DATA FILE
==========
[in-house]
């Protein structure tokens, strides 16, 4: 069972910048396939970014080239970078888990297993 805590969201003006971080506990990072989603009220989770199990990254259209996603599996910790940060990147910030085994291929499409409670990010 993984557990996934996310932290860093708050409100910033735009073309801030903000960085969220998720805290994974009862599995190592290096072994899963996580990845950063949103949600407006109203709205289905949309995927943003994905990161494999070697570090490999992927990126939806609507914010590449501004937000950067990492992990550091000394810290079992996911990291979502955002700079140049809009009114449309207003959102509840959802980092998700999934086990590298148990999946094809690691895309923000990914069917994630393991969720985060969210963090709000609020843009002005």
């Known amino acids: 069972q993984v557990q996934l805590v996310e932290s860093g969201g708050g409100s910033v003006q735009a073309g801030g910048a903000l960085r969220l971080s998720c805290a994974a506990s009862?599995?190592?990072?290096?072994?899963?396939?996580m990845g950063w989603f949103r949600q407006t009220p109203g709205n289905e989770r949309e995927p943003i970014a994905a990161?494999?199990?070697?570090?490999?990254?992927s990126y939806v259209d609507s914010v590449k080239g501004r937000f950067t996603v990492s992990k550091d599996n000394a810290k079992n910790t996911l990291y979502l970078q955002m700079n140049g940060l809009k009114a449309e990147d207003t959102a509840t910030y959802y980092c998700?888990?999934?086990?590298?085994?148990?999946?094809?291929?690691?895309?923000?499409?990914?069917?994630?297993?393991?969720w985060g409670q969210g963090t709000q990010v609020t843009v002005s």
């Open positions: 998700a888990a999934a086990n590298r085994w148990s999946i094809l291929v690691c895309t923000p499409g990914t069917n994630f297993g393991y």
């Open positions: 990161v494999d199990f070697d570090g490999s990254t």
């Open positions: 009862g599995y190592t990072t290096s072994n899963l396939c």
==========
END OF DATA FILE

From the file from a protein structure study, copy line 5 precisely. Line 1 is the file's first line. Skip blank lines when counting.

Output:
């Open positions: 990161v494999d199990f070697d570090g490999s990254t």